Measuring and Modelling the Impacts of Environmental Change on Water Resources
Rehabilitation of Alien Vegetation Invaded Areas using Indigenous Vegetation
There is an increasing trend towards the promotion of indigenous trees with economic value that can be used to restore riparian forests. In this research, the water-use will be measured for various indigenous and introduced species that have been identified as economically viable. Restoration and rehabilitation approaches will be evaluated and compared at sites with varying degrees of degradation. Results from this study may facilitate the more realistic modelling of possible forest management approaches and may provide guidelines towards suitable indigenous alternatives. Currently, tree water-use & growth, forest expansion, climatic data and groundwater measurements are being undertaken at Buffeljagsrivier in the Western Cape and at New Forest in the upper uMgeni area of KwaZulu-Natal. We are also looking at techniques for upscaling tree water-use measurements and improving hydrological modelling of riparian areas.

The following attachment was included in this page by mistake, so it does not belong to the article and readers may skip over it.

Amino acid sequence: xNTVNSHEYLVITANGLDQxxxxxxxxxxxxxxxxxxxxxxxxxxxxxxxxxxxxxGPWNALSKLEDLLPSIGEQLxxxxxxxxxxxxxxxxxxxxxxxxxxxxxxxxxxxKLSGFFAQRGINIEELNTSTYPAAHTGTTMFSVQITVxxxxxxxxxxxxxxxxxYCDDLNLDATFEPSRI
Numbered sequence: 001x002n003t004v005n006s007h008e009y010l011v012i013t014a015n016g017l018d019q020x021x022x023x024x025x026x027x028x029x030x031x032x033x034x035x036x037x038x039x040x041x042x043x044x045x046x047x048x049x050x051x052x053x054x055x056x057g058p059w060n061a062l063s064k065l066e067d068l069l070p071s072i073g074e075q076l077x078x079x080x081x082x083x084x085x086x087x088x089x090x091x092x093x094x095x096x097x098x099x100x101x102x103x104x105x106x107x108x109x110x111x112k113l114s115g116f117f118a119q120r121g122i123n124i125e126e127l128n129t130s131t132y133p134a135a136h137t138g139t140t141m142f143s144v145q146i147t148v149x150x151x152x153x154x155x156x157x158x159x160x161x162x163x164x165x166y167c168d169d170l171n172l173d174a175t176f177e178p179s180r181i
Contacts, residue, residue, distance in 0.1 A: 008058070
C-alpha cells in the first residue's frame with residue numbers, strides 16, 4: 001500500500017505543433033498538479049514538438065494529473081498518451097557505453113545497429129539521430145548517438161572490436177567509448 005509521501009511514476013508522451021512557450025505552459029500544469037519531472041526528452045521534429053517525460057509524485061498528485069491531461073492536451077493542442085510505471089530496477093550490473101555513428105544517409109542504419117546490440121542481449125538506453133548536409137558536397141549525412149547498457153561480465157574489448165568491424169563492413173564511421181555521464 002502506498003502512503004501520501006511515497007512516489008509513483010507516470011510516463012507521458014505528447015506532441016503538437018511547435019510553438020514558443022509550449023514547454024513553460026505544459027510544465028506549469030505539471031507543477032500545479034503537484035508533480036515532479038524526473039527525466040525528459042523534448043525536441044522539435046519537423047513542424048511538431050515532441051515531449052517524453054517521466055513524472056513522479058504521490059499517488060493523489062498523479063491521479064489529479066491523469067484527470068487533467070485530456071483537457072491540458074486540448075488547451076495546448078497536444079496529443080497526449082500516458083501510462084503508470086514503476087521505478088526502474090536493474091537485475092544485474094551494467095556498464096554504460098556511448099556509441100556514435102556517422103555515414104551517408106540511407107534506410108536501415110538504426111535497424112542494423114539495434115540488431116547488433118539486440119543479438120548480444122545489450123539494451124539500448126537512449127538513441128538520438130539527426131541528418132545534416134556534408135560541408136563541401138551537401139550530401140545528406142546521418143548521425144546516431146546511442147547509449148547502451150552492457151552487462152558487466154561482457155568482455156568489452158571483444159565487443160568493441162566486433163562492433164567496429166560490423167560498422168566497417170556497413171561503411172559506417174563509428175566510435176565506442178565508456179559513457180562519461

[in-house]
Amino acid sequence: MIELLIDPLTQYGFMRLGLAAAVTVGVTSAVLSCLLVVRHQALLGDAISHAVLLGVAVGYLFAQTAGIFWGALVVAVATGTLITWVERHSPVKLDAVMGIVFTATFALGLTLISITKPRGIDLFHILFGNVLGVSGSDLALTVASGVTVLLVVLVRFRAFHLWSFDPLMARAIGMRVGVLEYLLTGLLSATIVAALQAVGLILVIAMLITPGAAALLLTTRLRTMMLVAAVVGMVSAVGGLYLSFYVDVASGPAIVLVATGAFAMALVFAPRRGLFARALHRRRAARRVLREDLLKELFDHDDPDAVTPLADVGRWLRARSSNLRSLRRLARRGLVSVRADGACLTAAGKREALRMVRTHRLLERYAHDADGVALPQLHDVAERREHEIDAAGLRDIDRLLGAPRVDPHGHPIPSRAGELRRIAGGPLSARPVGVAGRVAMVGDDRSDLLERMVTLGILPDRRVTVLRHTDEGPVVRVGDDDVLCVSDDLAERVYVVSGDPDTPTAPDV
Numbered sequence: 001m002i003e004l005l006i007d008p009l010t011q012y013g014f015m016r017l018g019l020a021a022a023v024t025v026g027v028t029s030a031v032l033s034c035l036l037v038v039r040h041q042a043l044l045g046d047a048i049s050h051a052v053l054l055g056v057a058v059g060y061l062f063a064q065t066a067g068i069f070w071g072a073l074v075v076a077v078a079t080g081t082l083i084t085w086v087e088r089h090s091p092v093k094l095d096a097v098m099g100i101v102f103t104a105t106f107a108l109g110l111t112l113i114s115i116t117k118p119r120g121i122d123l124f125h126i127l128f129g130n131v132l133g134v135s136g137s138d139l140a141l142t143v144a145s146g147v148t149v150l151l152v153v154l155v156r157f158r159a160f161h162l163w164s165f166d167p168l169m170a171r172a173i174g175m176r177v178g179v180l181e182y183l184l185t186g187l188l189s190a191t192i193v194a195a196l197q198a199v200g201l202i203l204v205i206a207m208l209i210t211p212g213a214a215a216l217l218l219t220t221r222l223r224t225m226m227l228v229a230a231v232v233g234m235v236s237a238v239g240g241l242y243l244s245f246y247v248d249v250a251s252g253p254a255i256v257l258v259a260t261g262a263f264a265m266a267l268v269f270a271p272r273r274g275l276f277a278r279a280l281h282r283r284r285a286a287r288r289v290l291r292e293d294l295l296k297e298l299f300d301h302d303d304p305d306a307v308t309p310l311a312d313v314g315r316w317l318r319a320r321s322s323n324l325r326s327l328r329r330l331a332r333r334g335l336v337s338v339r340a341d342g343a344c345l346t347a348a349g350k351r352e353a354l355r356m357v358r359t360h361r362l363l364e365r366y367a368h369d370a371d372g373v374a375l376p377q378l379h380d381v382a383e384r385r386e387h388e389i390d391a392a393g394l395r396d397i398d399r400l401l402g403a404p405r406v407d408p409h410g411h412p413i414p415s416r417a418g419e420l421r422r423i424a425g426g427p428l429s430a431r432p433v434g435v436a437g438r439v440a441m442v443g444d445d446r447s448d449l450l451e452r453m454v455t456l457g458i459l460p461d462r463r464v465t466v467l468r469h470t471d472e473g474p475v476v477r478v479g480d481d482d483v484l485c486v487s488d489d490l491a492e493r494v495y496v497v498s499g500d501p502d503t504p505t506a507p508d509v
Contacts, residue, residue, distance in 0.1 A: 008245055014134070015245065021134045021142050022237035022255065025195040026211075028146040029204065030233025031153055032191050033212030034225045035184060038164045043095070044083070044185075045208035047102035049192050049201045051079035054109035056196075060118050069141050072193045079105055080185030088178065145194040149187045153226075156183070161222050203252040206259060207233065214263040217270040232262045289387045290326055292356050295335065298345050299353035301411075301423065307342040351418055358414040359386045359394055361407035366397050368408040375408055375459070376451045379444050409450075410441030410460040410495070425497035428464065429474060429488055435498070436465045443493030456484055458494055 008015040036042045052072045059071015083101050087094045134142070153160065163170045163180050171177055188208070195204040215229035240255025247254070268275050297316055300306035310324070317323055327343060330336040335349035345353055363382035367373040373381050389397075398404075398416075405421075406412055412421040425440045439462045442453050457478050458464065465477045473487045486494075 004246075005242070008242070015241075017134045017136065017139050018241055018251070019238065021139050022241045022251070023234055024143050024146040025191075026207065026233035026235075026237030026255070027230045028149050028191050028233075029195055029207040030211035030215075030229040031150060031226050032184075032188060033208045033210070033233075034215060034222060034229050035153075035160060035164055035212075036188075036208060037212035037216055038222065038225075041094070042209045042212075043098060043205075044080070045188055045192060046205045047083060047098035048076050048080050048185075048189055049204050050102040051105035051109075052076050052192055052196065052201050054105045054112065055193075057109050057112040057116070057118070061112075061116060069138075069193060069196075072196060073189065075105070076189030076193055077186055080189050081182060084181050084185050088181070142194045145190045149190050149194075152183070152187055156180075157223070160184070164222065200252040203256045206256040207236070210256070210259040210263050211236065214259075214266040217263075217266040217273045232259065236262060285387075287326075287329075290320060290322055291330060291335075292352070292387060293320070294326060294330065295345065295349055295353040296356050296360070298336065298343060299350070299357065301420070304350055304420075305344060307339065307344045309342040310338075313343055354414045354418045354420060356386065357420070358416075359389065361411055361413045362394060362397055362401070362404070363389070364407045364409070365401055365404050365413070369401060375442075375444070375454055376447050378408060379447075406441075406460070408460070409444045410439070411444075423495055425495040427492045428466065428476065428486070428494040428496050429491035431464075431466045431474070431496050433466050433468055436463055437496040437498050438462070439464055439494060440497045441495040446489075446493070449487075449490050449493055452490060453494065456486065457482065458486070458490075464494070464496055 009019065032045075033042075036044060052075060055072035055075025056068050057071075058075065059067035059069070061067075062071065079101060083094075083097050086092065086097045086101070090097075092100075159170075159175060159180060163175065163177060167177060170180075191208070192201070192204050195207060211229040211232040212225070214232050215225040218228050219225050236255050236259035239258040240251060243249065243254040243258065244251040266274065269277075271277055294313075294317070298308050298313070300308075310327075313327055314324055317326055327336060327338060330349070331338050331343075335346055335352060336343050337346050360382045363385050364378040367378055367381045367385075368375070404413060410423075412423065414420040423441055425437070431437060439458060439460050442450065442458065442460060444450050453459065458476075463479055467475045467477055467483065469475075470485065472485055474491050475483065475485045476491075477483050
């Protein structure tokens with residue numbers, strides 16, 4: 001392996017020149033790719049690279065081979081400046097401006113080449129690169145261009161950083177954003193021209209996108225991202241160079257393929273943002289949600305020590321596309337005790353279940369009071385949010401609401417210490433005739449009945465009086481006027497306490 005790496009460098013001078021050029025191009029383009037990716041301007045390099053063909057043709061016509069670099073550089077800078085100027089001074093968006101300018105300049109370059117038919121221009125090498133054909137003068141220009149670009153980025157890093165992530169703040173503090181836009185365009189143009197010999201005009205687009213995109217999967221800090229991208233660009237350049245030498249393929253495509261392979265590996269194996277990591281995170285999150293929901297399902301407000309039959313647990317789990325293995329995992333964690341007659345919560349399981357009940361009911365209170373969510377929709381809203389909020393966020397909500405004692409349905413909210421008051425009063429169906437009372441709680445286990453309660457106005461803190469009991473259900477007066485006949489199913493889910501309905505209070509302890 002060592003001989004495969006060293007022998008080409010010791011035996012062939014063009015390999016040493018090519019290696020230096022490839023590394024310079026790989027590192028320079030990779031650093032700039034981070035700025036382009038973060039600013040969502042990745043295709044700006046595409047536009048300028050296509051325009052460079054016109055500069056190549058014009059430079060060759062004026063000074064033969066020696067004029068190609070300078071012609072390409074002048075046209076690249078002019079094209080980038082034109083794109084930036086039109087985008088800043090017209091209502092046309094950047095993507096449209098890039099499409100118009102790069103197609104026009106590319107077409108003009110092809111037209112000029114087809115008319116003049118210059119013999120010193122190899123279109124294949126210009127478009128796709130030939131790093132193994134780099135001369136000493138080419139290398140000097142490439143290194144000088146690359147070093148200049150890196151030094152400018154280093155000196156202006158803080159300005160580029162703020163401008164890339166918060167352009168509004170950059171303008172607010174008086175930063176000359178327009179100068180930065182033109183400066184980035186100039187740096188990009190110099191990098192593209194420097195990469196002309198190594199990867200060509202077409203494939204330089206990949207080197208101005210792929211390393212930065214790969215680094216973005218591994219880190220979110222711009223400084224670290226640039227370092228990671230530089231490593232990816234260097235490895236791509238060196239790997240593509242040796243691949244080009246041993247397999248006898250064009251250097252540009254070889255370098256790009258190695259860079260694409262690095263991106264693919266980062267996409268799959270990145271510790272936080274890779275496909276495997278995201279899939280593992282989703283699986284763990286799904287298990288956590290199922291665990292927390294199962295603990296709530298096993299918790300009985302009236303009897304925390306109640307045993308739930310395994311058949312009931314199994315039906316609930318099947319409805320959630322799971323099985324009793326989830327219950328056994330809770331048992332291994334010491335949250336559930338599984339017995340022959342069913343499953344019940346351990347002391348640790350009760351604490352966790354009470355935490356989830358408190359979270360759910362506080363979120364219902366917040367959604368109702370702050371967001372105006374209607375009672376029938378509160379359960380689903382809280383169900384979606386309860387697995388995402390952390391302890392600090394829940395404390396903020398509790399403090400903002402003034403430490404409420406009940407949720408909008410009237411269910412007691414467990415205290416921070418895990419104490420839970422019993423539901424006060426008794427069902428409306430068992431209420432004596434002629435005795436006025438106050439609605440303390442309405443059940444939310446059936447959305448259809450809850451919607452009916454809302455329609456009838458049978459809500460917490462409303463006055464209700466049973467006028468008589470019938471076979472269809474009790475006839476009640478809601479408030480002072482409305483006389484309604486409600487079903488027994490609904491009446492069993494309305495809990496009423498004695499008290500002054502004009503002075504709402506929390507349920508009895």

Exploring the potential for the expansion of water harvesting activities for both domestic and agricultural purposes in sub-Saharan Africa. This includes assessing the physical potential for expansion within selected research catchments, exploring the potential upstream and downstream impacts of water harvesting and exploring the cultural, policy and social drivers and implications of water harvesting.
Application of Remote Sensing for Water Use Management
- Understanding land-water interactions
- Modelling and forecasting impacts of climate change
- Payment for Ecosystem Services
New Strategies for Adaptive Management in Water Resources
Each river catchment presents a different set of challenges and is unique in its own rights. This is true for the biophysical, social as well as economic dimension. Water management faces increasing levels of complexity as they try to consider issue surrounding global change. Adaptation is a local scale issue, and there is clear recognition that fine scale information, both biophysical and socio-economic, is required for local decision making. Such fine scale information does not necessarily exist, is incorrect or obsolete. So in order not only to create information, but also to make sense of research findings and policy issues, and finally prioritise actions in a transparent way, participatory tools should be used.